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7 Oct 2008 : Column 72WH—continued

I absolutely agree with that, and the importance of sustainable, mixed communities is at the heart of what the Homes and Communities Agency will be all about.

Short-term options such as the rent to homebuy scheme, announced in the July package, are being examined and will help people into home ownership by allowing them to rent a new build property from an RSL at below market rent while they save for a deposit, with the option to buy a share after a specified period. That is an exciting new model, and as we continue to see relatively high house prices coupled with a lack of available credit and mortgage finance, it will come increasingly to the fore as a choice. My hon. Friend mentioned the importance of choice in helping people to get on the property ladder.

In July, my right hon. Friend the Secretary of State for Communities and Local Government proposed changes to the regional spatial strategy for the south-west. You will be pleased to hear, Mr. Key, that I have just returned from hospital after being nursed for the bruises on my
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back following this morning’s debate. My right hon. Friend has proposed raising housing provision in the region as a whole from some 23,000 units a year, as set out in the submitted strategy, to some 29,600, and raising affordable housing targets to at least 35 per cent. of all housing development or 10,000 units a year. In relation to Plymouth, she has proposed raising provision from 1,500 units a year to 2,000 a year.

My hon. Friend mentioned the regional spatial strategy, and I take note of what she said, particularly about the hierarchical approach to the 21 strategically significant cities and towns in the south-west. As she suggested, the proper way to pursue the matter is to make a written representation to the Secretary of State. Given the quasi-judicial role that I mentioned several times in this morning’s debate, it would not be right for me to comment at this stage, for fear of prejudicing my right hon. Friend’s consideration of the matter. However, I assure my hon. Friend that the Secretary of State will reflect on what she and other parties have to say before a final decision is made.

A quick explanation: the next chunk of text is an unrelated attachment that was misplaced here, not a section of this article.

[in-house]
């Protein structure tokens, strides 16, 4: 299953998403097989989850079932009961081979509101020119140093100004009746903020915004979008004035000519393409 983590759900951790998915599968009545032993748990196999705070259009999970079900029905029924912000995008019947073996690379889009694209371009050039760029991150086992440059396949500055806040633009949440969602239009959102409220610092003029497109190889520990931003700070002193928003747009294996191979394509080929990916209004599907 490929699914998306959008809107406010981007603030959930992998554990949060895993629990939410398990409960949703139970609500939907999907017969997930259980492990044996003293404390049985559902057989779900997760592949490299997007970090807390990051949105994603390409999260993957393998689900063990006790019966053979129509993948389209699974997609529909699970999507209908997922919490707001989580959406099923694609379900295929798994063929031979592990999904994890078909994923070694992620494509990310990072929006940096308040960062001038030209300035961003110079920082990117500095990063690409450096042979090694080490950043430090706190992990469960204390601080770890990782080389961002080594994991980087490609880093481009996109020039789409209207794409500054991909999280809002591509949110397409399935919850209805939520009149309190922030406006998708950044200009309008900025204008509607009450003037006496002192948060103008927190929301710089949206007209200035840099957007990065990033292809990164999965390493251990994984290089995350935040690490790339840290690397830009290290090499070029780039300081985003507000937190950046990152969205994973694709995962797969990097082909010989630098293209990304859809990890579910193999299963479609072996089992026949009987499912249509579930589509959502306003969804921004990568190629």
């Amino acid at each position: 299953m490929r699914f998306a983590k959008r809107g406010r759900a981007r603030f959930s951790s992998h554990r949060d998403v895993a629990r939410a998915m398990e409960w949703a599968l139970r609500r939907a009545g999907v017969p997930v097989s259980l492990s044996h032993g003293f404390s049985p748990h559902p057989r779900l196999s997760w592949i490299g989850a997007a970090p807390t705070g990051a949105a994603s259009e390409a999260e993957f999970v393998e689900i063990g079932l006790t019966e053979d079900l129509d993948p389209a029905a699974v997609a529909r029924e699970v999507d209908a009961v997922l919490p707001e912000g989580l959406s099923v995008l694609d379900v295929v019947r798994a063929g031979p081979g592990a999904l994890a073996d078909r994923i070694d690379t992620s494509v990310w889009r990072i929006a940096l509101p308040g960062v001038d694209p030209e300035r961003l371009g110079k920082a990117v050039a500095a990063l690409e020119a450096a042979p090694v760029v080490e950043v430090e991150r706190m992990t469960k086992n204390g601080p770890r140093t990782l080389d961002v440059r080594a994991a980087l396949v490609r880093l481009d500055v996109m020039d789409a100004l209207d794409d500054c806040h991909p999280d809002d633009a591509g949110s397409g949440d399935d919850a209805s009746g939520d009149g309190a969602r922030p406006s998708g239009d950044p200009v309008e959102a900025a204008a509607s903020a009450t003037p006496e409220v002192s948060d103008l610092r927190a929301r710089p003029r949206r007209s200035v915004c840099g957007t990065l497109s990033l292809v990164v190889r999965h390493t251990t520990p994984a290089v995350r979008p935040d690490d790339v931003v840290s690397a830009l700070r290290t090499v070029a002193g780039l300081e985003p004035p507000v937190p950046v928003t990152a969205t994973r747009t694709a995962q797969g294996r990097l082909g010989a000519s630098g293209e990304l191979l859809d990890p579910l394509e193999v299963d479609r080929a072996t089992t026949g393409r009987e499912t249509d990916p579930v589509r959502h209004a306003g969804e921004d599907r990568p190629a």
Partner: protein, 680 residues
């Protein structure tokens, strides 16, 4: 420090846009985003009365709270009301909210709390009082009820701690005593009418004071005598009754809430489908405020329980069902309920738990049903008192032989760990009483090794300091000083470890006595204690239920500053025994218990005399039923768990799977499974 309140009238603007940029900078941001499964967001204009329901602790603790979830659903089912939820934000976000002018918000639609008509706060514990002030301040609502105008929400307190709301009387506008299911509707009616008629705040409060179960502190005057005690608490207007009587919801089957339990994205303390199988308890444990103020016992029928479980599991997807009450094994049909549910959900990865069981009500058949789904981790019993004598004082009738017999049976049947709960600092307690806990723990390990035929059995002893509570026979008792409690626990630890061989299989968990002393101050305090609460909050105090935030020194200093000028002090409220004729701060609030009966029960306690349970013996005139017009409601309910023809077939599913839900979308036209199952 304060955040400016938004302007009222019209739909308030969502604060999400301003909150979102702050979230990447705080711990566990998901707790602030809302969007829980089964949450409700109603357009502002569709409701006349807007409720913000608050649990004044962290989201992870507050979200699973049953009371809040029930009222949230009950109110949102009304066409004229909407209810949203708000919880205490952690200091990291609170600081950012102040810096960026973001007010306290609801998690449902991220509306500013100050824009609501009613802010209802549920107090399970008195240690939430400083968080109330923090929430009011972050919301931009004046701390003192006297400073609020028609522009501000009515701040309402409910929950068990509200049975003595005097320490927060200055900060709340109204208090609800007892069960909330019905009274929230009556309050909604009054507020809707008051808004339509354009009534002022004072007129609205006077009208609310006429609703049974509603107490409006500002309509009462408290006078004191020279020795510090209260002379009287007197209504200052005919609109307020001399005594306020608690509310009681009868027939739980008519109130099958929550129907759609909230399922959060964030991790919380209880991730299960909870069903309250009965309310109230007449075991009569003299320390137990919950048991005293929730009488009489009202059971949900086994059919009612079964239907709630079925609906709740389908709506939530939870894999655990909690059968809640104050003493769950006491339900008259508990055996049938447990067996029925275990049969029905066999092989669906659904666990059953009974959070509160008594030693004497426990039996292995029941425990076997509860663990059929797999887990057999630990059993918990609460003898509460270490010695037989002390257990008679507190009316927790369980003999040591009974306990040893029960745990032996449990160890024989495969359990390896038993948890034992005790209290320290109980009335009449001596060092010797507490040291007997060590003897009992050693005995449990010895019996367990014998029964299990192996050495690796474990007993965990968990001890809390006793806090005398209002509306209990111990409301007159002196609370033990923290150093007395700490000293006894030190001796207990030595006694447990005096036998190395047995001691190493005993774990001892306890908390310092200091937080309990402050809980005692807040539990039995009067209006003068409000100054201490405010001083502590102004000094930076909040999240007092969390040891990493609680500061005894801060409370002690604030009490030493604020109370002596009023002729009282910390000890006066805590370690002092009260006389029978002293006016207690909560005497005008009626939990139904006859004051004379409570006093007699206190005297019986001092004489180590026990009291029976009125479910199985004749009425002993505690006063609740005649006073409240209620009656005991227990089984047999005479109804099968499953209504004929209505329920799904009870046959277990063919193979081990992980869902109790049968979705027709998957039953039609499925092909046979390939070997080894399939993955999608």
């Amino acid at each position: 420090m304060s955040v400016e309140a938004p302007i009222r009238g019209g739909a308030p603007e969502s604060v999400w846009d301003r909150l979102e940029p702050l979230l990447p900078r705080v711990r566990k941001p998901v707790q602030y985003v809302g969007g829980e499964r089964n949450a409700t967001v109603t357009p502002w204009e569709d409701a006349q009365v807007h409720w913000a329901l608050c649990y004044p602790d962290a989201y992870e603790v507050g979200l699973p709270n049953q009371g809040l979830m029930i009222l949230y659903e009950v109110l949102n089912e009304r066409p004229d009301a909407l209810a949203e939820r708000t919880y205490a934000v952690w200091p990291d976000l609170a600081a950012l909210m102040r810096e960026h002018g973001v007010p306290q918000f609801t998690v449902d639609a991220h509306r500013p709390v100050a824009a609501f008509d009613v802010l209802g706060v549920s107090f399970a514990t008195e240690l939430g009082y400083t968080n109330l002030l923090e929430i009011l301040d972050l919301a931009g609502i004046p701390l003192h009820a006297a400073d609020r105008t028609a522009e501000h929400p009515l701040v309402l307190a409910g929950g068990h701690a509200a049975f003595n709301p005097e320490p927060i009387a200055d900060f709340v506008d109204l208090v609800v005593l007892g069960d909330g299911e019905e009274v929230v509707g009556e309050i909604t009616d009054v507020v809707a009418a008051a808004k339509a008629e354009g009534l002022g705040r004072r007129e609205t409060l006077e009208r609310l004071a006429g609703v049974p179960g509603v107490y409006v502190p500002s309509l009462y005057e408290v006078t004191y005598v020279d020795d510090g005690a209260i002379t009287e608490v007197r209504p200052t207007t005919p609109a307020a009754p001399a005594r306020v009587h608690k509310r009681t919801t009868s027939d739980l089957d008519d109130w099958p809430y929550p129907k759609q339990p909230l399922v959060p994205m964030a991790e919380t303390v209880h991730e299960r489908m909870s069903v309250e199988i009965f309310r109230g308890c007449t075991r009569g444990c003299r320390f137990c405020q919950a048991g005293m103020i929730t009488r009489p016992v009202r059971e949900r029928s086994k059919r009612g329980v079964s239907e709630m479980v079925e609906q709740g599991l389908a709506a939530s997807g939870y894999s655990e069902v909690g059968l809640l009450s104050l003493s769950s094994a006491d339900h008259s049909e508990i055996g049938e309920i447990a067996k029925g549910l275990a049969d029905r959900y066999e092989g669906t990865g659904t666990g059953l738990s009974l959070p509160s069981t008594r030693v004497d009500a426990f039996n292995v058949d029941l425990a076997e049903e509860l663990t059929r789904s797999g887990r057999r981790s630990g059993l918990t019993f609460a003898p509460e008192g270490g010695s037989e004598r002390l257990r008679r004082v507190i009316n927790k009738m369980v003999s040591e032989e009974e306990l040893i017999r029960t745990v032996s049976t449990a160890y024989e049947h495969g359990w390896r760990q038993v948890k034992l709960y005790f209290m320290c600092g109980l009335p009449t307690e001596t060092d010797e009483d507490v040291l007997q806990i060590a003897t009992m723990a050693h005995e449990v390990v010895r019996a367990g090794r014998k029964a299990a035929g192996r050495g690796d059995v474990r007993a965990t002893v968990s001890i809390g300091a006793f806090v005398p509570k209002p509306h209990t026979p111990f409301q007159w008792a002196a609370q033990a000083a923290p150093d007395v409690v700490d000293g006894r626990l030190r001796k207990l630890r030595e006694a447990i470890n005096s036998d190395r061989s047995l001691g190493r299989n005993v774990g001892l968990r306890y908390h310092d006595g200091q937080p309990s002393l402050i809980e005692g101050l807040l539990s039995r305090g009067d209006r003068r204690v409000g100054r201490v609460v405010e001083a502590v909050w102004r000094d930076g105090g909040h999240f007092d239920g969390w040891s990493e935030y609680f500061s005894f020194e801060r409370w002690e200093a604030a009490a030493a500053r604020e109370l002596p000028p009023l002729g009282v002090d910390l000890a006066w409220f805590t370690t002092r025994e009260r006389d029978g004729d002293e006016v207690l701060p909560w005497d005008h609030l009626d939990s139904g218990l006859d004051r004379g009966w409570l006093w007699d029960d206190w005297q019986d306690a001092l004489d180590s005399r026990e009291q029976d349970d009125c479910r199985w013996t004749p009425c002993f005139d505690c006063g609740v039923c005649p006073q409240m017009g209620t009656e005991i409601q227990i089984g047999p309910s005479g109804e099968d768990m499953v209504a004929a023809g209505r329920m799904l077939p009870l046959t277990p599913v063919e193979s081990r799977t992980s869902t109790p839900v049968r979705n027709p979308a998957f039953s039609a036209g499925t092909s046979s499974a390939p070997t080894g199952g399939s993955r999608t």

Linda Gilroy: I appreciate the position that my hon. Friend is in, but given that we are not quite as mob-handed as in the earlier debate, may I impress upon him how incredibly important the matter is to a city that is ready and willing to build new houses, and needs them to make the city work?

Mr. Wright: I appreciate that fully. The passion about the whole topic of the south-west regional spatial strategy was made clear to me this morning. As I said at the start of my remarks, the ambition for growth seems evident in the city’s leaders and is exemplified by my hon. Friends the Members for Plymouth, Sutton and for Plymouth, Devonport. It is quite remarkable, and I am keen to capitalise on it as much as possible to ensure that the growth actually happens.

Linda Gilroy: May I stress also that there is cross-party support for that, which is very important to the continuity of our ambitions?

Mr. Wright: I do not want to hark back to earlier debates, but in the debate in April on growth in Plymouth I was struck by how much my hon. Friends who represent the city are willing to engage and work closely with political opponents for the good of the city. Being able to put aside partisan difficulties to work together for the good of the people we represent is a first-class example of what elected representatives should do, and I pay tribute to my hon. Friends’ ability to do that in Plymouth.